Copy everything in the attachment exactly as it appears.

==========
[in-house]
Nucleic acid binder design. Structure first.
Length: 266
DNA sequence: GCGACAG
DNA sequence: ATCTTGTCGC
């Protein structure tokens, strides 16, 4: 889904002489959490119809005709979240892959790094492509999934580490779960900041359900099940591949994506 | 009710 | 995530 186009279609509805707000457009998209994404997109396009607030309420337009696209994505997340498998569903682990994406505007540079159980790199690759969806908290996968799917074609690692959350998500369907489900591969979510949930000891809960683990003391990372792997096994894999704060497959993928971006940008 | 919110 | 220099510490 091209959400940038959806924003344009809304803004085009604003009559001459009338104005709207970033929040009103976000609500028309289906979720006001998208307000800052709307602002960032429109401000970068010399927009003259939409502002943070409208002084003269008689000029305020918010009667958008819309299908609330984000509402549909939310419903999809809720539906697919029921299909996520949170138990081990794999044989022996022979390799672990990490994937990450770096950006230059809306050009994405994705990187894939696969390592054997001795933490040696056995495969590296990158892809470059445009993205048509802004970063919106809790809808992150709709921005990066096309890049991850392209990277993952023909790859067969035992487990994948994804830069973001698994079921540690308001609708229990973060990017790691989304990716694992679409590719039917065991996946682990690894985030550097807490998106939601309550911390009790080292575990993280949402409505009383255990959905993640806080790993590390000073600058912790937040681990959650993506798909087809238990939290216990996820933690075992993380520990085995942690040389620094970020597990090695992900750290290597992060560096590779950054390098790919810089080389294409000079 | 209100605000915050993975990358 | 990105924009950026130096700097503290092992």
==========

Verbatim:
[in-house]
Nucleic acid binder design. Structure first.
Length: 266
DNA sequence: GCGACAG
DNA sequence: ATCTTGTCGC
């Protein structure tokens, strides 16, 4: 889904002489959490119809005709979240892959790094492509999934580490779960900041359900099940591949994506 | 009710 | 995530 186009279609509805707000457009998209994404997109396009607030309420337009696209994505997340498998569903682990994406505007540079159980790199690759969806908290996968799917074609690692959350998500369907489900591969979510949930000891809960683990003391990372792997096994894999704060497959993928971006940008 | 919110 | 220099510490 091209959400940038959806924003344009809304803004085009604003009559001459009338104005709207970033929040009103976000609500028309289906979720006001998208307000800052709307602002960032429109401000970068010399927009003259939409502002943070409208002084003269008689000029305020918010009667958008819309299908609330984000509402549909939310419903999809809720539906697919029921299909996520949170138990081990794999044989022996022979390799672990990490994937990450770096950006230059809306050009994405994705990187894939696969390592054997001795933490040696056995495969590296990158892809470059445009993205048509802004970063919106809790809808992150709709921005990066096309890049991850392209990277993952023909790859067969035992487990994948994804830069973001698994079921540690308001609708229990973060990017790691989304990716694992679409590719039917065991996946682990690894985030550097807490998106939601309550911390009790080292575990993280949402409505009383255990959905993640806080790993590390000073600058912790937040681990959650993506798909087809238990939290216990996820933690075992993380520990085995942690040389620094970020597990090695992900750290290597992060560096590779950054390098790919810089080389294409000079 | 209100605000915050993975990358 | 990105924009950026130096700097503290092992």